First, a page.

Construction budgets can mean many things to many people. They can be anything from a WAG (wild ass guess) to pages of detailed items and pricing. Probably the best way to approach this subject is chronologically.
Sometimes the first budget for a custom home design comes from the worst possible source; a real estate person encouraging someone to buy a property. Buyers we met in the Mayacamas golf development said they were told to expect their hillside home would cost about $1,000,000. Unfortunately, the reality was that their home would cost more than $2,000,000, as did every other home in the development, including some that were much more.
The next level of budgeting is usually the infamous “cost-per-SF”; a single unit price applied to an area calculation that might or might not include unconditioned spaces like garages, site improvements such as roads and swimming pools, design and engineering costs, and regulatory permits and fees. The sources of these numbers come from glossy magazines featuring enticing prices of dream homes somewhere, well-meaning non-experts, designers hoping to get work, and general contractors. An ethical luxury custom home builder In Napa and Sonoma finds itself in a difficult position. He doesn’t want to risk sticker-shock and lose a chance at a project but also feels the pain and outrage of a customer who has been misled.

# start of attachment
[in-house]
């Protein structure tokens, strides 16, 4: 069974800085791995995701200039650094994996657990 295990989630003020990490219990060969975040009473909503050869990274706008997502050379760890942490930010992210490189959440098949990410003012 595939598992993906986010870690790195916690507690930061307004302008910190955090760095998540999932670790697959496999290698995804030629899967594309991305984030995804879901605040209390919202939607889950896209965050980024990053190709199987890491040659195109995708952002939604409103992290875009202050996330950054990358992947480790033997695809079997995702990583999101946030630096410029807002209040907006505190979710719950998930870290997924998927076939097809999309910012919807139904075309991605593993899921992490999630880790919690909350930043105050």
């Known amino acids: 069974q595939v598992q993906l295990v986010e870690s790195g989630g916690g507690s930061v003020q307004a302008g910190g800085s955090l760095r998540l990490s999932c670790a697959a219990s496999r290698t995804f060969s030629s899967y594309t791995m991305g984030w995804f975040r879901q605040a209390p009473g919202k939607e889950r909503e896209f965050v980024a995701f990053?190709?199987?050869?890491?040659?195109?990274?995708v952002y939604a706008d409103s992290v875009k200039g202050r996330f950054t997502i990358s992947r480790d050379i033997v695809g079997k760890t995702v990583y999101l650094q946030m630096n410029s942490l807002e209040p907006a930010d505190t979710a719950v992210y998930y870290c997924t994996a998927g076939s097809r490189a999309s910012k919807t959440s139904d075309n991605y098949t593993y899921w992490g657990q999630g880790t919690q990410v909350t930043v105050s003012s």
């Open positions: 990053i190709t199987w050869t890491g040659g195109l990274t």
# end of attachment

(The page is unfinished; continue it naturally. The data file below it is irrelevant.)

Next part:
Once you leave the realm of these single parameter estimates, you enter the realm of multiple quantity measurements, scope explanations, and verification of the site conditions. These estimates can be but are not necessarily more accurate. Here are some of the variables that affect such a budget’s usefulness:
- Shared understanding with the customer about their expectations. A budget needs to be the beginning of a conversation, not just a number.
- The estimator’s experience with custom home design and with the project architect’s preferences and style. Independent estimators can be accurate on commercial projects but the only good cost databases for these projects are kept by local, sophisticated luxury custom home builders.
- The level of detail in the estimate. I call this the “law of compensating errors” – no line item in a budget is ever exactly right but if you break it down into enough pieces, the errors will tend to offset each other; one high, another low. Fewer items, more variance. More items, less variance.
- A sufficient budget contingency for what isn’t there or yet to be seen.
In budgeting, the devil really is in the details.
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Jay True, former vice-president of JMA, became partners with Jim Murphy in 1987. In 2015, Jay and his wife Elaine True, our office manager, retired from JMA and moved to Michigan to escape the cool summers and warm winters in Santa Rosa.